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The wines of La Croix Ducru-Beaucaillou come from the vineyard of Château Ducru-Beaucaillou. This exceptional Médoc terroir is situated between the Gironde River to the east, the centre and the west of the Saint-Julien appellation. The estate owes its name to its “beautiful pebbles” ("beaux cailloux", in French) which, because of their high quartz content, make for soils that are poor in plant nutrients.
It is precisely this “agrological” paucity, as the late Bordeaux professor and geographer, René Pijassou, described it, that makes them so well-suited to the production of fine wine. In the east, the plots are planted along the rolling Médoc ridges, just above the estuary, while those at the epicentre benefit from a microclimate nurtured by the little La Mouline stream that meanders through the middle of the appellation from west to east before disappearing into the Gironde.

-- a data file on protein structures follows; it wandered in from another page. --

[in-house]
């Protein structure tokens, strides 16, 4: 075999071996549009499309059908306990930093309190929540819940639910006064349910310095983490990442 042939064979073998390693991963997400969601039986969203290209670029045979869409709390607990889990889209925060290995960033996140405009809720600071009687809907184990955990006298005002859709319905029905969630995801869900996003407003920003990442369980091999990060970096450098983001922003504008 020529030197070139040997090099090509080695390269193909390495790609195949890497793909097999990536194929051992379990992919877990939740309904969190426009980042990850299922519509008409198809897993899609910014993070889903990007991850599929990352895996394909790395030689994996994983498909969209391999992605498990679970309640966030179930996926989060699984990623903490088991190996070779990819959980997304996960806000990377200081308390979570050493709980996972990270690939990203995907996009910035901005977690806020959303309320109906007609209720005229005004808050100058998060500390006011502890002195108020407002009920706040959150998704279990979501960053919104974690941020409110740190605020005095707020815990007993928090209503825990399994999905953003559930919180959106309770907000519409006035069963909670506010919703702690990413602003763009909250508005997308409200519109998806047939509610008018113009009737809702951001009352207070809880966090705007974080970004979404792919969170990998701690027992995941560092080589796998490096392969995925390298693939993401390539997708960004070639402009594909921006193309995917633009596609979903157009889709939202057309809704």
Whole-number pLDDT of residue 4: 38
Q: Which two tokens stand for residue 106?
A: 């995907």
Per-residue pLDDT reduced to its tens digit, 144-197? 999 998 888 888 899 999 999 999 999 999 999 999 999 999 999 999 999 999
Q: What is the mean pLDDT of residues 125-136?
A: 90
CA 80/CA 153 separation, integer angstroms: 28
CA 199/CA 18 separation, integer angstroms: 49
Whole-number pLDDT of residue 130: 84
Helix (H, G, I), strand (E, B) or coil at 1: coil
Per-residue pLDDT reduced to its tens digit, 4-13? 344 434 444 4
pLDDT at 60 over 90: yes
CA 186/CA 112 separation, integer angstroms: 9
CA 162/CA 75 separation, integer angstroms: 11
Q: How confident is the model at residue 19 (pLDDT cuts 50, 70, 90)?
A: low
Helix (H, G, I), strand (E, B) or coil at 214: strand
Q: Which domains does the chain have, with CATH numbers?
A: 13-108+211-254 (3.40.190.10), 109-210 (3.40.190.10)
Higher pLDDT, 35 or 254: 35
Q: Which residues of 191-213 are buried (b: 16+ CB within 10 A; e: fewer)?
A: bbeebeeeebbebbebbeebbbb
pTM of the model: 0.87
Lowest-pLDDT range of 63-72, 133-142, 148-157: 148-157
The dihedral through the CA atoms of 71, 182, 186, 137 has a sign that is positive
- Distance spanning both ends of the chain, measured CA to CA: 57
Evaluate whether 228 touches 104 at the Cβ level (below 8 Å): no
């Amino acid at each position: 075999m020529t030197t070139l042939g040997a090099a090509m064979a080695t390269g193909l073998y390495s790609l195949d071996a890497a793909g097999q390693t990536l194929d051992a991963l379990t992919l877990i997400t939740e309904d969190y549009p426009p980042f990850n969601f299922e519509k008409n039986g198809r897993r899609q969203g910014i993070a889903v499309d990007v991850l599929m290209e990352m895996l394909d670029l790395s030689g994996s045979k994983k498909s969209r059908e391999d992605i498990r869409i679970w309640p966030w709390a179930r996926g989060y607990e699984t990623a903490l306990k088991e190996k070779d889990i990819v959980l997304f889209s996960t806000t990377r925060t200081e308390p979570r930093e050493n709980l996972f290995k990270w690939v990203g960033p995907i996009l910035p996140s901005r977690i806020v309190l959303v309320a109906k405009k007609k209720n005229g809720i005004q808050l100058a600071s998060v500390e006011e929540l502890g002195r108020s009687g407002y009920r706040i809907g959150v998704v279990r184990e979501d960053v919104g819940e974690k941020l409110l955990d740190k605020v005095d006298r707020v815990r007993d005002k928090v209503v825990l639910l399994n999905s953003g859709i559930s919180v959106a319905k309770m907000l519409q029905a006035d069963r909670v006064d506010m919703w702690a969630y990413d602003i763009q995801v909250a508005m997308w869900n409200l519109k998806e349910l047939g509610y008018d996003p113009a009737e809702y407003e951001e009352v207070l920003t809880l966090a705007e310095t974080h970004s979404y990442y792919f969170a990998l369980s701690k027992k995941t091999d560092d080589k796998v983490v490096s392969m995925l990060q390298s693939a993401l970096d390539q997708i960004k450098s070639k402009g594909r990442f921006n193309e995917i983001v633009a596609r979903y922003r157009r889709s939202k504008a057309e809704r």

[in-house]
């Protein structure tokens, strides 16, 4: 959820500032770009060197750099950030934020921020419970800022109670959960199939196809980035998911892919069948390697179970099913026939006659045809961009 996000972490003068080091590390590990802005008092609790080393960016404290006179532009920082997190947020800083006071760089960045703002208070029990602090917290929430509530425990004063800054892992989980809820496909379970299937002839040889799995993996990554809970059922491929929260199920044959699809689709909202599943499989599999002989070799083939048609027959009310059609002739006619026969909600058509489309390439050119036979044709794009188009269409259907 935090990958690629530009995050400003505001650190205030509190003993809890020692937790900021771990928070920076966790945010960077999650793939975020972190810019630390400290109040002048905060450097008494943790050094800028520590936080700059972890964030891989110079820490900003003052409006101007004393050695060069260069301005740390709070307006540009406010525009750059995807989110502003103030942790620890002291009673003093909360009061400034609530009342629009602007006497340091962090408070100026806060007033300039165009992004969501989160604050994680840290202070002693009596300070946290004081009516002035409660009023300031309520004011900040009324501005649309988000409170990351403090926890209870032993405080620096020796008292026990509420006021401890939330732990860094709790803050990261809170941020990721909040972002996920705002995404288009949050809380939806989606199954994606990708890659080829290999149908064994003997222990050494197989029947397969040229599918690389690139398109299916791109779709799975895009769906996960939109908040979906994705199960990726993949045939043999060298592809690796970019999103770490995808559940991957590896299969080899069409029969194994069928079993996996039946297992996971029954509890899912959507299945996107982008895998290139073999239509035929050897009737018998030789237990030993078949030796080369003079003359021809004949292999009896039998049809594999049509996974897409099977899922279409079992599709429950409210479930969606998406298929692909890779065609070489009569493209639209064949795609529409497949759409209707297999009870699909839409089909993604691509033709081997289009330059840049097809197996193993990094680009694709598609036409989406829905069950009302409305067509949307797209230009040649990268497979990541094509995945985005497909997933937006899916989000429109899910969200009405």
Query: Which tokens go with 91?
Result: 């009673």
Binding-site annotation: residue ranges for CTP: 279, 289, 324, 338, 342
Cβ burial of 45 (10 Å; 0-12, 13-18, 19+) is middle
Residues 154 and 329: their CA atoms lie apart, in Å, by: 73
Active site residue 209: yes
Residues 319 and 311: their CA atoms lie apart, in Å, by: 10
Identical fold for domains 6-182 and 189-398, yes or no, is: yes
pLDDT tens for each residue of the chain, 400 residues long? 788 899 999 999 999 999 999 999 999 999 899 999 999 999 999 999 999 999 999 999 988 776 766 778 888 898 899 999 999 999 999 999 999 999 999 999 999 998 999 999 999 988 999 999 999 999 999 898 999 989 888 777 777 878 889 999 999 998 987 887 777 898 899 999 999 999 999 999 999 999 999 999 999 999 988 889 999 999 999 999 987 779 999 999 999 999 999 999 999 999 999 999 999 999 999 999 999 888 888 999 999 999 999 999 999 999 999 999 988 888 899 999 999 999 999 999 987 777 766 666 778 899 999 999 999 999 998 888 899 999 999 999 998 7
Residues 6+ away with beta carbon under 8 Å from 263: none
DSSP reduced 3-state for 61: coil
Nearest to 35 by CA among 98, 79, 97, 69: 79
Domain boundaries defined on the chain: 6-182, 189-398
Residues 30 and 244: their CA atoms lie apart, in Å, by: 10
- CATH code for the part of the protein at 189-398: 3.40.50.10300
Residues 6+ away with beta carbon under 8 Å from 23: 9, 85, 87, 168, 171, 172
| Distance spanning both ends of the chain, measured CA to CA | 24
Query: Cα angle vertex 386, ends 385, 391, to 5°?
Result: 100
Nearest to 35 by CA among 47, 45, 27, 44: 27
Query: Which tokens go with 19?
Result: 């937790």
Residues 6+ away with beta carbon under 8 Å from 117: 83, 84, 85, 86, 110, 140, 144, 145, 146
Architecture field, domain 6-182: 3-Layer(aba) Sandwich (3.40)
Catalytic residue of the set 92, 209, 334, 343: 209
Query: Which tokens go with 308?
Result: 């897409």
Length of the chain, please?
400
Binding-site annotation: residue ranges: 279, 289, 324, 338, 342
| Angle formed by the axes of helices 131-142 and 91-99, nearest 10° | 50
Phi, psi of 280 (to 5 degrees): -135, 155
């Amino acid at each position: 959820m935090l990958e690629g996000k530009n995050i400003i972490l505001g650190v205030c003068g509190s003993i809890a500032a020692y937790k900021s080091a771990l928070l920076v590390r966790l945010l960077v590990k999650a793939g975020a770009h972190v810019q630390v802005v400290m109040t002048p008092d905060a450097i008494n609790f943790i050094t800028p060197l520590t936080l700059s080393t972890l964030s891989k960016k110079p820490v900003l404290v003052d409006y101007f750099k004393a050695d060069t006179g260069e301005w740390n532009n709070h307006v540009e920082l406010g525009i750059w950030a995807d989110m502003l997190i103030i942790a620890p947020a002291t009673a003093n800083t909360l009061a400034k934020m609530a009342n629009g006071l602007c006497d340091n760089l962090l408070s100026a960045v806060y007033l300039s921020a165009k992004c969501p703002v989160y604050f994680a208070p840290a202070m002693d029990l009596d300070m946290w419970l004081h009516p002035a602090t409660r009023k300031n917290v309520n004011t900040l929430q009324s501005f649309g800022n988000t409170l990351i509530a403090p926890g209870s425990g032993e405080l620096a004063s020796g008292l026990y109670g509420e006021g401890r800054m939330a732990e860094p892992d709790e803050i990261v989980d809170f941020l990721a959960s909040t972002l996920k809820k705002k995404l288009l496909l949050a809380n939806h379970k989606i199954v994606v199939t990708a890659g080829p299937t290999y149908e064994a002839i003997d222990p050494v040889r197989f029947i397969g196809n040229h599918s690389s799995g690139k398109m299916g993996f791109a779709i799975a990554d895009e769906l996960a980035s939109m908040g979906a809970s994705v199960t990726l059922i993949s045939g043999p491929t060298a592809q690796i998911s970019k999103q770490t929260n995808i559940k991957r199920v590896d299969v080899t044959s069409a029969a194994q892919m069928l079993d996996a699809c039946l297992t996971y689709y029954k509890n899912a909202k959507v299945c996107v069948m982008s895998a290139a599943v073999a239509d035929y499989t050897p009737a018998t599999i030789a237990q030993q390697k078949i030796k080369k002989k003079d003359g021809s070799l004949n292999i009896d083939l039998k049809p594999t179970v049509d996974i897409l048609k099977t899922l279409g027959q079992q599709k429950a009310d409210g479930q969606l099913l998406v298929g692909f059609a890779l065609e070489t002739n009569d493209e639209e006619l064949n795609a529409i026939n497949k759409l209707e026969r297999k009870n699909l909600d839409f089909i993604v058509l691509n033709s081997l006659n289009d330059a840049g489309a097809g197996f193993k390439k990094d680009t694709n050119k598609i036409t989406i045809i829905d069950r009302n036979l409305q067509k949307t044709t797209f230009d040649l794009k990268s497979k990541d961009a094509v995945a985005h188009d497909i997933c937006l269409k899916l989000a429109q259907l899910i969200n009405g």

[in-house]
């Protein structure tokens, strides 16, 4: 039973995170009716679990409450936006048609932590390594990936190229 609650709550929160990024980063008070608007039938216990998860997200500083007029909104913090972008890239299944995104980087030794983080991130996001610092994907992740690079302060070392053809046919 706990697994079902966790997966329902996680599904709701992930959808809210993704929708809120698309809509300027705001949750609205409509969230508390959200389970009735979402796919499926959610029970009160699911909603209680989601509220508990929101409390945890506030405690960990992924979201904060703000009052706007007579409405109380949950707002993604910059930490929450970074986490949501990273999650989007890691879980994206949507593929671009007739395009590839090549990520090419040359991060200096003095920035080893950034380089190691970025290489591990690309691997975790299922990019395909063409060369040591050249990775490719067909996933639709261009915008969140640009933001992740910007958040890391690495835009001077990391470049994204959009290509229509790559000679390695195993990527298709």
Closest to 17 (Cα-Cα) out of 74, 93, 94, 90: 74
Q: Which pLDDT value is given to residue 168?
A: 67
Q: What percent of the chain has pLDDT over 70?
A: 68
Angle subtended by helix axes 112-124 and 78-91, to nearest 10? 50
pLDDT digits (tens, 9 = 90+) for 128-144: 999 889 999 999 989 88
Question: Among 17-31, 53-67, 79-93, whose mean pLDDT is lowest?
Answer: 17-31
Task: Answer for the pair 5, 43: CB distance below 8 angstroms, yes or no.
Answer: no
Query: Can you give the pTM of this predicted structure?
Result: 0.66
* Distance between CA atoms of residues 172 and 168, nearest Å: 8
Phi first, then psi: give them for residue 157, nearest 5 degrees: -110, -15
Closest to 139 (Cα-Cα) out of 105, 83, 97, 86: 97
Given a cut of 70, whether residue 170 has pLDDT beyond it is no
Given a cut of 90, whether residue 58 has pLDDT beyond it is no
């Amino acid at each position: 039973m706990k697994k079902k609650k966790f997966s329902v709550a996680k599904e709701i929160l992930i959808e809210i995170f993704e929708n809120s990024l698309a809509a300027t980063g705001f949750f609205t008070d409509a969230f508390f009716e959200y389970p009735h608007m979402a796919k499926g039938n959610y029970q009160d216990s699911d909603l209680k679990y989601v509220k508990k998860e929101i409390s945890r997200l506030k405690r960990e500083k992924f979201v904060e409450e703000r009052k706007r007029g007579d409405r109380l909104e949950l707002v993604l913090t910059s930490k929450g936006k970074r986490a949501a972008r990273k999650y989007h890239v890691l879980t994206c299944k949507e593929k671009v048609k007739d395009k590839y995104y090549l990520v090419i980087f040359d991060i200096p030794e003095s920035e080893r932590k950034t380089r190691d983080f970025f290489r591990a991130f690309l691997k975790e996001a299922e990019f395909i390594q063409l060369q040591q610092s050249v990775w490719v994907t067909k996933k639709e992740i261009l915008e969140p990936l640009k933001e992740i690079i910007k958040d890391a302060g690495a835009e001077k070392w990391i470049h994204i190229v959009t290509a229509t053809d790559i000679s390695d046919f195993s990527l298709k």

Much like 1947, 1961 and 2005, 2009 is a year of almost overly (for Bordeaux) flamboyant and opulent wines with high maturity and low acidity. The tannins are exceptionally ripe, while the wines are quite voluptuous in style. The Left Bank recorded more hours of sunshine than legendary vintages such as 1947 and 1982, and the grapes had higher sugar concentrations than in 2003 and 2005. The key was significant diurnal temperature variations that allowed the grapes to withstand hot daytime temperatures. An exceptional vintage on all levels.